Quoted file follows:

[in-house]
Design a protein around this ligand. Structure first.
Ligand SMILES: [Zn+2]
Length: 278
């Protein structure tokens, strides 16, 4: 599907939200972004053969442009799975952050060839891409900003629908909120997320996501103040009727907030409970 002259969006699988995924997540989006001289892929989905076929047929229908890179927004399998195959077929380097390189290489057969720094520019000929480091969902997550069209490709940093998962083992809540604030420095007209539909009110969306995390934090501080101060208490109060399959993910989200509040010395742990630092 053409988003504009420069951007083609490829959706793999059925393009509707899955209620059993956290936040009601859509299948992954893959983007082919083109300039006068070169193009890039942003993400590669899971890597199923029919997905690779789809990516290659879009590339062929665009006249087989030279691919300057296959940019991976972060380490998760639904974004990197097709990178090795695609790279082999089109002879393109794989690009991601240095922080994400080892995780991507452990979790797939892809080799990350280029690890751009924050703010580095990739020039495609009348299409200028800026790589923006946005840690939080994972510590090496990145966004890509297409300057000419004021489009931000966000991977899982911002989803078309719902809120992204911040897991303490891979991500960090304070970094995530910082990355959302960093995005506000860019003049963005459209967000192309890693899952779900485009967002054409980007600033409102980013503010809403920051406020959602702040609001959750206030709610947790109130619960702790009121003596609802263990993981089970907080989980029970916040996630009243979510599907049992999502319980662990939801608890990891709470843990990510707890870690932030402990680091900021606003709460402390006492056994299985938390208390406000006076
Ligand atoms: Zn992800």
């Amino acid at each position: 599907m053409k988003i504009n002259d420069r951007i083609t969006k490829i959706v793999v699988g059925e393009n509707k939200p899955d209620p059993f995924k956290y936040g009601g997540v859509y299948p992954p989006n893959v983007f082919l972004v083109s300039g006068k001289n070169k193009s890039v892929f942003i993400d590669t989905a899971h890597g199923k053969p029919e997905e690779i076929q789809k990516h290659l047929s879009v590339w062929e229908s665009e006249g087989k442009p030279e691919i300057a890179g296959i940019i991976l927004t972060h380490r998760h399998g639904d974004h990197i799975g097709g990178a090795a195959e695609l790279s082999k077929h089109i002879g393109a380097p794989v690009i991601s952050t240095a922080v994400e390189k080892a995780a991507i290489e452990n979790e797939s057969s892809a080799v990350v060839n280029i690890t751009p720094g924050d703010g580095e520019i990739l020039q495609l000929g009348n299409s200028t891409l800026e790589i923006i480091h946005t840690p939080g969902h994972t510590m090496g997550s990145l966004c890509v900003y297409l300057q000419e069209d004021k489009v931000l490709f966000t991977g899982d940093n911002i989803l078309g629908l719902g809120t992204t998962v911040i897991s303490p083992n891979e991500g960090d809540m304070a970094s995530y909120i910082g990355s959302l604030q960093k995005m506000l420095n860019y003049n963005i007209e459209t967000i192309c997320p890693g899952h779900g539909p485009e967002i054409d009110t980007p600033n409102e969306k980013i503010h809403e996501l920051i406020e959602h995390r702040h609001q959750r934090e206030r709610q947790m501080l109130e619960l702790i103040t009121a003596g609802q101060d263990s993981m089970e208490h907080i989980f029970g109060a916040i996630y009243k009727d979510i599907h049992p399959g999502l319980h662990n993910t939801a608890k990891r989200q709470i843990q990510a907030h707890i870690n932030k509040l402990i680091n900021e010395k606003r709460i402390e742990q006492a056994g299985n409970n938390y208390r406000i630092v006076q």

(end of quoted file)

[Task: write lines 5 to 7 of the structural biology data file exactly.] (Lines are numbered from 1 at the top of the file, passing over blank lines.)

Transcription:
């Protein structure tokens, strides 16, 4: 599907939200972004053969442009799975952050060839891409900003629908909120997320996501103040009727907030409970 002259969006699988995924997540989006001289892929989905076929047929229908890179927004399998195959077929380097390189290489057969720094520019000929480091969902997550069209490709940093998962083992809540604030420095007209539909009110969306995390934090501080101060208490109060399959993910989200509040010395742990630092 053409988003504009420069951007083609490829959706793999059925393009509707899955209620059993956290936040009601859509299948992954893959983007082919083109300039006068070169193009890039942003993400590669899971890597199923029919997905690779789809990516290659879009590339062929665009006249087989030279691919300057296959940019991976972060380490998760639904974004990197097709990178090795695609790279082999089109002879393109794989690009991601240095922080994400080892995780991507452990979790797939892809080799990350280029690890751009924050703010580095990739020039495609009348299409200028800026790589923006946005840690939080994972510590090496990145966004890509297409300057000419004021489009931000966000991977899982911002989803078309719902809120992204911040897991303490891979991500960090304070970094995530910082990355959302960093995005506000860019003049963005459209967000192309890693899952779900485009967002054409980007600033409102980013503010809403920051406020959602702040609001959750206030709610947790109130619960702790009121003596609802263990993981089970907080989980029970916040996630009243979510599907049992999502319980662990939801608890990891709470843990990510707890870690932030402990680091900021606003709460402390006492056994299985938390208390406000006076
Ligand atoms: Zn992800």
């Amino acid at each position: 599907m053409k988003i504009n002259d420069r951007i083609t969006k490829i959706v793999v699988g059925e393009n509707k939200p899955d209620p059993f995924k956290y936040g009601g997540v859509y299948p992954p989006n893959v983007f082919l972004v083109s300039g006068k001289n070169k193009s890039v892929f942003i993400d590669t989905a899971h890597g199923k053969p029919e997905e690779i076929q789809k990516h290659l047929s879009v590339w062929e229908s665009e006249g087989k442009p030279e691919i300057a890179g296959i940019i991976l927004t972060h380490r998760h399998g639904d974004h990197i799975g097709g990178a090795a195959e695609l790279s082999k077929h089109i002879g393109a380097p794989v690009i991601s952050t240095a922080v994400e390189k080892a995780a991507i290489e452990n979790e797939s057969s892809a080799v990350v060839n280029i690890t751009p720094g924050d703010g580095e520019i990739l020039q495609l000929g009348n299409s200028t891409l800026e790589i923006i480091h946005t840690p939080g969902h994972t510590m090496g997550s990145l966004c890509v900003y297409l300057q000419e069209d004021k489009v931000l490709f966000t991977g899982d940093n911002i989803l078309g629908l719902g809120t992204t998962v911040i897991s303490p083992n891979e991500g960090d809540m304070a970094s995530y909120i910082g990355s959302l604030q960093k995005m506000l420095n860019y003049n963005i007209e459209t967000i192309c997320p890693g899952h779900g539909p485009e967002i054409d009110t980007p600033n409102e969306k980013i503010h809403e996501l920051i406020e959602h995390r702040h609001q959750r934090e206030r709610q947790m501080l109130e619960l702790i103040t009121a003596g609802q101060d263990s993981m089970e208490h907080i989980f029970g109060a916040i996630y009243k009727d979510i599907h049992p399959g999502l319980h662990n993910t939801a608890k990891r989200q709470i843990q990510a907030h707890i870690n932030k509040l402990i680091n900021e010395k606003r709460i402390e742990q006492a056994g299985n409970n938390y208390r406000i630092v006076q």